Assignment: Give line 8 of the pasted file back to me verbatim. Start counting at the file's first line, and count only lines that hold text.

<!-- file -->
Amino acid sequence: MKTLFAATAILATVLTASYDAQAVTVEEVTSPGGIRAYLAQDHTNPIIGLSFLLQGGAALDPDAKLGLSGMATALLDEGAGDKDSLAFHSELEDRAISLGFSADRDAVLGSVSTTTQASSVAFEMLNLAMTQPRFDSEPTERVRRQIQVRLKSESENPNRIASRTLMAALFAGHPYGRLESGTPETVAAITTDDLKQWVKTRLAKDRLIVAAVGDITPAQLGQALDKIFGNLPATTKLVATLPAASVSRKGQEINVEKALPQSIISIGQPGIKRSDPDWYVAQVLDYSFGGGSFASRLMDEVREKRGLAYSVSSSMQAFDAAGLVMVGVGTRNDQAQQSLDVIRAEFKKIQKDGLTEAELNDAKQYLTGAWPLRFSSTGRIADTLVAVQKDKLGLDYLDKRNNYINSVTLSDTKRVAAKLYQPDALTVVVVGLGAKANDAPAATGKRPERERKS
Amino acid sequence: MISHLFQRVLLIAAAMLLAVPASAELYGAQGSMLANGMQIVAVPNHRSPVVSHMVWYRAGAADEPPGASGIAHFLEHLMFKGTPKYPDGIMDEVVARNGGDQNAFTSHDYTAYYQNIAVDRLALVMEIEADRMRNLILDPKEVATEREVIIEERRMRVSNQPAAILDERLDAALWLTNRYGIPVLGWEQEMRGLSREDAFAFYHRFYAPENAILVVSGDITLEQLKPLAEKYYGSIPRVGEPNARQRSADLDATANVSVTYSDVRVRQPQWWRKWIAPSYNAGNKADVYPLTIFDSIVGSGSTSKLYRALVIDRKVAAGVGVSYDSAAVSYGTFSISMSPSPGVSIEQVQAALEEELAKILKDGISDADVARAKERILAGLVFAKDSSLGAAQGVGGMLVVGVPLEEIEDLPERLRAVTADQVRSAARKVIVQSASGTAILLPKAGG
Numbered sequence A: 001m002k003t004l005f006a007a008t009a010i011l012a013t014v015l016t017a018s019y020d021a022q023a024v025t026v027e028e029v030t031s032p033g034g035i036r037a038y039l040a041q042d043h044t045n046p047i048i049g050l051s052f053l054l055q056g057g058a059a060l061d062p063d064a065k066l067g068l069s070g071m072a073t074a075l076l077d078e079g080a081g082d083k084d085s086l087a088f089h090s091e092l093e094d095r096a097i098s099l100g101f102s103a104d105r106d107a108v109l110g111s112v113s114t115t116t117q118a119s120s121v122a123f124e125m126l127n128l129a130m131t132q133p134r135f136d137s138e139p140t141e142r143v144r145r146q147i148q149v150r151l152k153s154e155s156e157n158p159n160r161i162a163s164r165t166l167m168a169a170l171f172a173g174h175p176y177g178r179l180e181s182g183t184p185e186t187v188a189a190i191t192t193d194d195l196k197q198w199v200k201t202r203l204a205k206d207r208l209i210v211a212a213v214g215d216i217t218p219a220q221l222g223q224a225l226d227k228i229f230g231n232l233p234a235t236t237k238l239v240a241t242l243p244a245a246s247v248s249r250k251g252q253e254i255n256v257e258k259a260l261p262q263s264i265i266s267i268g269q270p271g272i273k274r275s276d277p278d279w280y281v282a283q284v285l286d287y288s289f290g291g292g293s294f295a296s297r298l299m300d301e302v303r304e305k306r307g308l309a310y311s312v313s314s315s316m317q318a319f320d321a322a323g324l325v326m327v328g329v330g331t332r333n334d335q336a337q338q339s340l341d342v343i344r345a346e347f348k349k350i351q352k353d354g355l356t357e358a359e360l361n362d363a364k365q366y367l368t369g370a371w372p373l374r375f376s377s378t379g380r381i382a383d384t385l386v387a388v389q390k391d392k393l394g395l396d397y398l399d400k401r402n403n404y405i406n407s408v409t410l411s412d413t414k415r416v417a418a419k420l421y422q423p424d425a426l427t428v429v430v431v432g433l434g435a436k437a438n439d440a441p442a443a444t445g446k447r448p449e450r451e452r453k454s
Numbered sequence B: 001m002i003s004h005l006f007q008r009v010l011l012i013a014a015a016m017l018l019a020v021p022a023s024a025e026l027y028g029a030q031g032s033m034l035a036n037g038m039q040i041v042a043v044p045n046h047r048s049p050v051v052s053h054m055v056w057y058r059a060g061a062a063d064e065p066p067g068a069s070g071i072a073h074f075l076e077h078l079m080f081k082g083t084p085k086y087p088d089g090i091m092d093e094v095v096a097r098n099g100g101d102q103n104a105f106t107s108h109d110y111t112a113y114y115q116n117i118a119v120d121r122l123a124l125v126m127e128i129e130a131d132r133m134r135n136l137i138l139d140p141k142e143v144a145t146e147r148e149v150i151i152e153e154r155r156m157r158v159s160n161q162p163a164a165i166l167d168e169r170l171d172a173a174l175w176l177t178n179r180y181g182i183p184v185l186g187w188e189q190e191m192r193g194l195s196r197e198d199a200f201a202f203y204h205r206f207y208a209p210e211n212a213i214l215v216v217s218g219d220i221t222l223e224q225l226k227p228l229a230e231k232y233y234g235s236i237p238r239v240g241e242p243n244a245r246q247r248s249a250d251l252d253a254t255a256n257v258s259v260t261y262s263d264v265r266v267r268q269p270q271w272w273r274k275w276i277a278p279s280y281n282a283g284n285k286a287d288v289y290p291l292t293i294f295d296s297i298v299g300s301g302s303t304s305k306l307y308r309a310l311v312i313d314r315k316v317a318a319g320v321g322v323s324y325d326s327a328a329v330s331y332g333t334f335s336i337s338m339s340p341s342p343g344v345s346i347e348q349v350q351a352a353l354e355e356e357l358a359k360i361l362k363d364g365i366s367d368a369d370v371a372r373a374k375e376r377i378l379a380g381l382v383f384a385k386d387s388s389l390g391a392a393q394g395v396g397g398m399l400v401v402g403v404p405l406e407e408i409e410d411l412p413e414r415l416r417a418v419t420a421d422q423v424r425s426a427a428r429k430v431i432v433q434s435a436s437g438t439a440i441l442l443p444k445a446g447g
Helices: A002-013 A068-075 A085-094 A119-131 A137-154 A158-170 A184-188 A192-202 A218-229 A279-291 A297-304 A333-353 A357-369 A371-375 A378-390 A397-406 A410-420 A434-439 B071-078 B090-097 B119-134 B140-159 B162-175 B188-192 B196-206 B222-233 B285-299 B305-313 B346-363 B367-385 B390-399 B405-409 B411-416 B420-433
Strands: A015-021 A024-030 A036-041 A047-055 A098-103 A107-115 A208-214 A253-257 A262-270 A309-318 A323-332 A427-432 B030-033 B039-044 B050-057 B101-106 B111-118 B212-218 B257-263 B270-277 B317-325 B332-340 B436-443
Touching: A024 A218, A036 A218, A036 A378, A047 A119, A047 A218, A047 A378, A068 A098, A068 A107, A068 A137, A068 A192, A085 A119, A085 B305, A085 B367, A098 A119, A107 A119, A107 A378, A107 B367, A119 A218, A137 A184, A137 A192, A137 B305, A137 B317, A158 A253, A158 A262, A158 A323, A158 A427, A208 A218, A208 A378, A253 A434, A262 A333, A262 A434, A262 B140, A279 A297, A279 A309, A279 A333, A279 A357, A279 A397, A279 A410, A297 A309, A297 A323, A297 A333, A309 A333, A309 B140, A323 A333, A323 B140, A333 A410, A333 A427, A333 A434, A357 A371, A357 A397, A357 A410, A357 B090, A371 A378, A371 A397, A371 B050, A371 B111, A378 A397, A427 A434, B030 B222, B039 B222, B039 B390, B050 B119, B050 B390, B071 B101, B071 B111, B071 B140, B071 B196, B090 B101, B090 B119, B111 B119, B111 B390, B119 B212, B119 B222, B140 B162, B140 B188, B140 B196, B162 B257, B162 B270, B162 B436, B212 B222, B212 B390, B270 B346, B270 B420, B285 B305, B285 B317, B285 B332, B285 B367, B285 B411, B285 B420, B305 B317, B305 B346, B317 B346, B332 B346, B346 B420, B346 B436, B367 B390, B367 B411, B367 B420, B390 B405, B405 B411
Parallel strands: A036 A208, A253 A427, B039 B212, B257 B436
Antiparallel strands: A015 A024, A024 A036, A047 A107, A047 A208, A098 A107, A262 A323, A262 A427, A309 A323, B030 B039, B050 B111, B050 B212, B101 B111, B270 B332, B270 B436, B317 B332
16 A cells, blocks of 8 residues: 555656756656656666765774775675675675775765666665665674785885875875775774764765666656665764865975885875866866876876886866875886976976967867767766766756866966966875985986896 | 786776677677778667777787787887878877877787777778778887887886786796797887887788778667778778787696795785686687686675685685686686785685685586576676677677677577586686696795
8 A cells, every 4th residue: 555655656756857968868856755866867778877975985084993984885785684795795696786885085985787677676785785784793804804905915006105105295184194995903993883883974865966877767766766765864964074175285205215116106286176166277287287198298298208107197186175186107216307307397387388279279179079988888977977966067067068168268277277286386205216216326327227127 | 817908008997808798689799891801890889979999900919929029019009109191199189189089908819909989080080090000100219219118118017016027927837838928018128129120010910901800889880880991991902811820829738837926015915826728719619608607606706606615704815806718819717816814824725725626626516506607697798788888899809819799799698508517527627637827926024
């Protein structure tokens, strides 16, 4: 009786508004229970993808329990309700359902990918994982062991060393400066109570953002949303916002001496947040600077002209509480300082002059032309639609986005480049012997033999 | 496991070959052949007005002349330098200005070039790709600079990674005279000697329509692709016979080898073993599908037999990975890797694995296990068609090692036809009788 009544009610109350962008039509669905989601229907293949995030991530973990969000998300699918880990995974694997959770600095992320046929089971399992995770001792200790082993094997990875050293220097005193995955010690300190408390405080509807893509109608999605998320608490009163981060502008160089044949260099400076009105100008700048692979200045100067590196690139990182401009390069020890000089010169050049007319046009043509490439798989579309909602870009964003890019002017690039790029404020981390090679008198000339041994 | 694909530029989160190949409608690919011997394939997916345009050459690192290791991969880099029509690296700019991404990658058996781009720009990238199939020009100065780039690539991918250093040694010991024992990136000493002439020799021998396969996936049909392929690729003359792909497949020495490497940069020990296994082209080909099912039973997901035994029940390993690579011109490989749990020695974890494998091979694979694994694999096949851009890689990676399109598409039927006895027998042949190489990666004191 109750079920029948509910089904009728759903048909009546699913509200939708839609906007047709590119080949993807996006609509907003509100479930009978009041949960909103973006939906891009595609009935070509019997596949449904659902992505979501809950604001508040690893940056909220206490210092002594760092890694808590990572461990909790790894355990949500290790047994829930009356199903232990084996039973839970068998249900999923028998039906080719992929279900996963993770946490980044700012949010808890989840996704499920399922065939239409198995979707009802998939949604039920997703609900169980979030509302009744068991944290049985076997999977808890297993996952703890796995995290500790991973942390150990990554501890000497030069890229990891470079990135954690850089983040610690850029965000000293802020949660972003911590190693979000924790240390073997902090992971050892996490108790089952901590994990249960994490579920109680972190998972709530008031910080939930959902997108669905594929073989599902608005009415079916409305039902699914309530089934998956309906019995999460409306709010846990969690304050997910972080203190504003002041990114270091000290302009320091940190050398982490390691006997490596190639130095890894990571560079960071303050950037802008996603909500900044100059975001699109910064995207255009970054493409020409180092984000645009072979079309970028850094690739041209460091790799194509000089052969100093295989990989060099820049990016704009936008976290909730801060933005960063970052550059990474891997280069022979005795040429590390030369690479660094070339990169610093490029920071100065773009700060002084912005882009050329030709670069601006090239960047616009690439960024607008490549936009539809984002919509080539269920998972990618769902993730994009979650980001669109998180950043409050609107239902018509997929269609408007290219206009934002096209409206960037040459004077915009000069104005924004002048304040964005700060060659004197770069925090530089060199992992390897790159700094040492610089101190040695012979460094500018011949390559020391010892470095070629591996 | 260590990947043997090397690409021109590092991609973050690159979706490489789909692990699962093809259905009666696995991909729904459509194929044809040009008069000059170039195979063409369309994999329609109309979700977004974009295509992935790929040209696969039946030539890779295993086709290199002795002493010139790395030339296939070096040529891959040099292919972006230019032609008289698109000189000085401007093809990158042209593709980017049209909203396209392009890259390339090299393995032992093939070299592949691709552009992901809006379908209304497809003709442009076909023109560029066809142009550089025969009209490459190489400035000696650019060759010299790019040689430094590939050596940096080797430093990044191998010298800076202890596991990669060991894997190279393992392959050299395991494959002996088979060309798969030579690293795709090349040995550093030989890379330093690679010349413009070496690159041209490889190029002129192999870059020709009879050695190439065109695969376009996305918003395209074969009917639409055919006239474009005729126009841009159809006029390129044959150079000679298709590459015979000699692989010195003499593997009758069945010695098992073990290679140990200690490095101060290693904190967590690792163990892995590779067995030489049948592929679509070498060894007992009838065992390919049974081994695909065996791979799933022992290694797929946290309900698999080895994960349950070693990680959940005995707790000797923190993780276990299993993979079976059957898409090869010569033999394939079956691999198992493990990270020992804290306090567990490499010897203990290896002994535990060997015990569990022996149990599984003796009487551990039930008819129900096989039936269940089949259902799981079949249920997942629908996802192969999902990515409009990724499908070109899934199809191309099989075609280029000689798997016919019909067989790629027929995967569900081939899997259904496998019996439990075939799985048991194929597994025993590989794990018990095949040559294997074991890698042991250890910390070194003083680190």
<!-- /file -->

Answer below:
Parallel strands: A036 A208, A253 A427, B039 B212, B257 B436